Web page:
P7.3 Observations of the two-dimensional wind field in severe convective storms using a mobile, X-band, Doppler radar with a spaced antenna

Wednesday, 6 October 2004
Andrew Pazmany, University of Massachusetts, Amherst, MA; and H. B. Bluestein, M. French, and S. Frasier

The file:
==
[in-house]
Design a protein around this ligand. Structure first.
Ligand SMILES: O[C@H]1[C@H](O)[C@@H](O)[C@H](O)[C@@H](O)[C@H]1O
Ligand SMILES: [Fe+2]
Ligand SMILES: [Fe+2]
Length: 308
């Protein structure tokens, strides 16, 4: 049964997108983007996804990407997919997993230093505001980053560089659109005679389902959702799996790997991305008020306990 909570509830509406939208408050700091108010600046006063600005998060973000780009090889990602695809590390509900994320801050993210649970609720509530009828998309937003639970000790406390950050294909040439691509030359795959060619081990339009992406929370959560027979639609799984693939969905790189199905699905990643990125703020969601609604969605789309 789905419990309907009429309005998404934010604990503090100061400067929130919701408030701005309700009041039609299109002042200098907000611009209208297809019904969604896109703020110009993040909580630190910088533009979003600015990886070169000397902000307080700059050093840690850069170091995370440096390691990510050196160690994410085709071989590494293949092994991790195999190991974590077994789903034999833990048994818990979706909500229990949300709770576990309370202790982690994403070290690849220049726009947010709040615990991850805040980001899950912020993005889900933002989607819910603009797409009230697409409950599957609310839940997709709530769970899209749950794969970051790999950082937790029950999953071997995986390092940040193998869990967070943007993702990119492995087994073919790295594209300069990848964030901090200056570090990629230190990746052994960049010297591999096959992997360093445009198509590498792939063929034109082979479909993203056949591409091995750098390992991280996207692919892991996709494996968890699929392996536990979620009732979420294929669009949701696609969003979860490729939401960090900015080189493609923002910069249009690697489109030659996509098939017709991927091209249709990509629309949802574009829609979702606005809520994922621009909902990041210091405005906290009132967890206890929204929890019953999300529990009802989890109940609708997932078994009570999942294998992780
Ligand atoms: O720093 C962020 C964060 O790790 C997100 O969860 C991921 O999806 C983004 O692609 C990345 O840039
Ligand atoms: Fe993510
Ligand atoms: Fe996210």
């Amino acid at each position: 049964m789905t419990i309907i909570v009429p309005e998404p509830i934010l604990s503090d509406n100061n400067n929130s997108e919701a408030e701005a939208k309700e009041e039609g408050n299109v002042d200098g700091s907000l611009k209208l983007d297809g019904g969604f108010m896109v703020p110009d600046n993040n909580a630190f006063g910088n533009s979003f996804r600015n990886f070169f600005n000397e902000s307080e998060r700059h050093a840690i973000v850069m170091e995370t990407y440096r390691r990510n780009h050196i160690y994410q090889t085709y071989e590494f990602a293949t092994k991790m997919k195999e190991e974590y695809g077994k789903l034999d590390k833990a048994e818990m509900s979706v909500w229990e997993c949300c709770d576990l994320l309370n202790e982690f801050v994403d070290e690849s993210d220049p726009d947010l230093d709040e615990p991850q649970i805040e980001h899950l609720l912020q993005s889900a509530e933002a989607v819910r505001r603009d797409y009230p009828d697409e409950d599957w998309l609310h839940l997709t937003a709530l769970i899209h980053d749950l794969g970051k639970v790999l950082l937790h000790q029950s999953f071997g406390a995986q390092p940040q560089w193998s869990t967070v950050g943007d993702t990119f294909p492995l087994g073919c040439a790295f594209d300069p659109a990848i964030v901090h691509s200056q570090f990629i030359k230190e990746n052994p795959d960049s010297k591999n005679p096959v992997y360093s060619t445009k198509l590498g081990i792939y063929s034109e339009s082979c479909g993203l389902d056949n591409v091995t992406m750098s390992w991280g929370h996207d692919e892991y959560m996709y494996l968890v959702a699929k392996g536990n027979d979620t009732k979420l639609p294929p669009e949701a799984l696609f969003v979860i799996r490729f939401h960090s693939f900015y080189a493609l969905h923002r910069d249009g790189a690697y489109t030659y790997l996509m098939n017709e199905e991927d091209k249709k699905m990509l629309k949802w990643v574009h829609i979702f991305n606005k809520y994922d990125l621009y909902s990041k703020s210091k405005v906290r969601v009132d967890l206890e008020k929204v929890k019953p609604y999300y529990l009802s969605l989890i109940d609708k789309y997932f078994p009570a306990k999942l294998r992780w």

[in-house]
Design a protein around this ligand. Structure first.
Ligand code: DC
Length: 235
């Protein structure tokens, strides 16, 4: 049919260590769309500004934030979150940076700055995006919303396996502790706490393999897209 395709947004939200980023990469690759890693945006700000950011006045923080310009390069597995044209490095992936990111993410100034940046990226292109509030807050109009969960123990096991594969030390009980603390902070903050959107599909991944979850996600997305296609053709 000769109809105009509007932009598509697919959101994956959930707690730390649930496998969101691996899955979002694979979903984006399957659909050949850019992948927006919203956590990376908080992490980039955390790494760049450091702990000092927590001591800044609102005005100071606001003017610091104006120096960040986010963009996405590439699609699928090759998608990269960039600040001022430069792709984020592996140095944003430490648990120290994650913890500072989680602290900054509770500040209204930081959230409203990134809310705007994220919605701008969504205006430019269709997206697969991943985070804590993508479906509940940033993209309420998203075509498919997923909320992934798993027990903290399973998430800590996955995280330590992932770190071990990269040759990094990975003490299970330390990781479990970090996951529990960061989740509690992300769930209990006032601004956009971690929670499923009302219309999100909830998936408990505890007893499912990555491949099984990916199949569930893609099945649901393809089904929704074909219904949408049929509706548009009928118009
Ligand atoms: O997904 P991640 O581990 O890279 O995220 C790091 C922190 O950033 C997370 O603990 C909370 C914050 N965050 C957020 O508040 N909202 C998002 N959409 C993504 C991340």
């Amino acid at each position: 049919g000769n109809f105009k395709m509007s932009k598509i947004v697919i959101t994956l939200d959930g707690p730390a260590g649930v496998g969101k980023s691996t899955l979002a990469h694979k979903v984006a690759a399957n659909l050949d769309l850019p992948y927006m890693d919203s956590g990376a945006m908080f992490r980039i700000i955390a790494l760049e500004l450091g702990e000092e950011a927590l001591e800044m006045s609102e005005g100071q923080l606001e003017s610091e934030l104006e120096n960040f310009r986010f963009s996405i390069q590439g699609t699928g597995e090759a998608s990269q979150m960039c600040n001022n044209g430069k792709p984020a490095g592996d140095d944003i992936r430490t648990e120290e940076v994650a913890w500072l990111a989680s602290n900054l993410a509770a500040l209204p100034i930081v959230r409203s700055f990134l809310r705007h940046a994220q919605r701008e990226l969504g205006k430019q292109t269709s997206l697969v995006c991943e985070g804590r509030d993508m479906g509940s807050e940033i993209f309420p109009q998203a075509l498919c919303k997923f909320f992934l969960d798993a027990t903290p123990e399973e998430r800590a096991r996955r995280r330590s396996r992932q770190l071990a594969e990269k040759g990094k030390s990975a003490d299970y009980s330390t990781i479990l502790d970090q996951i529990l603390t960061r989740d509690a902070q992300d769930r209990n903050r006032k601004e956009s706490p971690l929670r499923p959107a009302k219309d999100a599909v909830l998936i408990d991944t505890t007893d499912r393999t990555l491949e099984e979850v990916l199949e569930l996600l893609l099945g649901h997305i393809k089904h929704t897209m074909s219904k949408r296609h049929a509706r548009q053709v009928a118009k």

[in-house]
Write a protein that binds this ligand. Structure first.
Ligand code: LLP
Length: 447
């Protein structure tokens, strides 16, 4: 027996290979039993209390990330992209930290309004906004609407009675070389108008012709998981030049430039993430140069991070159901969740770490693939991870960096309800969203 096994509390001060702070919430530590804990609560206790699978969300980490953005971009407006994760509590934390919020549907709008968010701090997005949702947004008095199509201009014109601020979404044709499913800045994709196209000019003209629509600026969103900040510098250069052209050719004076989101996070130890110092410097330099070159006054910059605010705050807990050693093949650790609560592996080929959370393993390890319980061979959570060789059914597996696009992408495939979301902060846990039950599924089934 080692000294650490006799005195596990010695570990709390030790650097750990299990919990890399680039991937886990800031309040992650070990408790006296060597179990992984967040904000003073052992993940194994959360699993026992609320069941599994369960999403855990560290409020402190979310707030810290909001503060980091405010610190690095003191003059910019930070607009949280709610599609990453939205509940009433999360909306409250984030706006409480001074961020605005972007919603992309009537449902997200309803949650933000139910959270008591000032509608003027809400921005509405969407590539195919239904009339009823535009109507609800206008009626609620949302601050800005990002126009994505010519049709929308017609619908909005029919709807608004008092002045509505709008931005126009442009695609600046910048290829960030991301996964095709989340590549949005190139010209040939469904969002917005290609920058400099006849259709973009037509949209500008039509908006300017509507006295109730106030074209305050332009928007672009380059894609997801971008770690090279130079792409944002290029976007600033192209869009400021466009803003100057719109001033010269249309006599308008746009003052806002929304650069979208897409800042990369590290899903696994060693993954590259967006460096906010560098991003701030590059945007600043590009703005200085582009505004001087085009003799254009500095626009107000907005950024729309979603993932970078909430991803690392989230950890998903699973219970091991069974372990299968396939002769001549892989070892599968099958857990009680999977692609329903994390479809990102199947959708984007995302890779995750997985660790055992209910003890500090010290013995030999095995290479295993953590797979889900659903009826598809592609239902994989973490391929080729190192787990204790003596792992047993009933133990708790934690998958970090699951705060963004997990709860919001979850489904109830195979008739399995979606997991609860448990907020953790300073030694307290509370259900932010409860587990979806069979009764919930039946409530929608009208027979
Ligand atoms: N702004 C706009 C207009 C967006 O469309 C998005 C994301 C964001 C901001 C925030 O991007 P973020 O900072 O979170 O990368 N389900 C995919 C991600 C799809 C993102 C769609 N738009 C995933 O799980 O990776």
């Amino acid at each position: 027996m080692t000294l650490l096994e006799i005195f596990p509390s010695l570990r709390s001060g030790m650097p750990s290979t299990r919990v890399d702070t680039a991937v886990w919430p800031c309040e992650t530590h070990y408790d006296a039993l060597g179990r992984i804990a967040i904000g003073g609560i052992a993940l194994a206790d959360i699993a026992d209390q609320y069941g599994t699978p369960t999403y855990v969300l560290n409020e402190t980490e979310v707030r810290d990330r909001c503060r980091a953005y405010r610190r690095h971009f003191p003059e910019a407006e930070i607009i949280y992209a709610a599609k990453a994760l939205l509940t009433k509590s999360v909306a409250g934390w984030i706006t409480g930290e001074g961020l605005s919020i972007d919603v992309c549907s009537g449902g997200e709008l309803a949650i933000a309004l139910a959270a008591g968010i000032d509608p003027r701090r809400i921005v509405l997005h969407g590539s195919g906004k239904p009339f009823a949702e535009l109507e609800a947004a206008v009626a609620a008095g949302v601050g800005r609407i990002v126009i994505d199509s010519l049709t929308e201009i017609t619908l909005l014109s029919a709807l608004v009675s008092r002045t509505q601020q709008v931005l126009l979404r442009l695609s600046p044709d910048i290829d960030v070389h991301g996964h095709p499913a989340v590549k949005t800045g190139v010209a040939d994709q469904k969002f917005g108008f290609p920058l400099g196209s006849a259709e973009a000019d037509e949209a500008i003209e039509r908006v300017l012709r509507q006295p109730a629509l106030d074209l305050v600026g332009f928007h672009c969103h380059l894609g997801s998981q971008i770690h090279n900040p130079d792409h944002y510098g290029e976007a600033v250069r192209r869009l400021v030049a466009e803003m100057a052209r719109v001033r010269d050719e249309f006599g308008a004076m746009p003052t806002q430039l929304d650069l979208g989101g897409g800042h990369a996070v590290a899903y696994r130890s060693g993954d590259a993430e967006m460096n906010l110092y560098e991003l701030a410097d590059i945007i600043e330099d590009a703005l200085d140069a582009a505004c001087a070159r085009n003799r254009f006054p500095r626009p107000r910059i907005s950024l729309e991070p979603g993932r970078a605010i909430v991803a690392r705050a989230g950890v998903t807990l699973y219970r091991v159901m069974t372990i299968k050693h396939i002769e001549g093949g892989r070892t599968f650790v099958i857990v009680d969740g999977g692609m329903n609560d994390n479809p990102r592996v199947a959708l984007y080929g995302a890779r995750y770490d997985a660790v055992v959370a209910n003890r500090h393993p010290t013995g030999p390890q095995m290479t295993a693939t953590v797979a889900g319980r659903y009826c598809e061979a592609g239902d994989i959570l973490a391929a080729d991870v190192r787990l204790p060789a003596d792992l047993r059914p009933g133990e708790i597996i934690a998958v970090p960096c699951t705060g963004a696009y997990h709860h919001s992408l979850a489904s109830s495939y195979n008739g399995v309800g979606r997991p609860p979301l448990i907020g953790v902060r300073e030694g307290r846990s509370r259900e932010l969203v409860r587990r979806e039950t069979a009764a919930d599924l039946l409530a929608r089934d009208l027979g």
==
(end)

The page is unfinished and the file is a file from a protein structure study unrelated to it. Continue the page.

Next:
Studies of severe convective storms require the characterization of the three-dimensional wind field as a function of time. During the spring of 2004, a mobile, X-band, Doppler radar from the University of Massachusetts, was outfitted with a 1-m spaced antenna. The spaced antenna permits the estimation of the cross-beam component of the wind in addition to the conventional along-the-beam component. The vertical component of the wind may be estimated from the continuity equation. The use of a spaced antenna in a Doppler radar is an alternative to a conventional dual-Doppler network. Although the beamwidth of the antenna is 2 degrees, which is twice the width of a typical mobile, X-band radar, when data from two radars are combined, the spatial resolution is degraded anyway, owing to the non-overlapping nature of data volumes. The scanning rate must be relatively slow, because it is necessary to record a sufficient number of samples to be able to estimate the cross-beam component. In a convective storm, however, there is need to probe volumes relatively quickly, owing to the rapid evolution of the wind field in it. Results from our first-time use of the spaced antenna will be given, along with an assessment of whether or not it is a viable technique.
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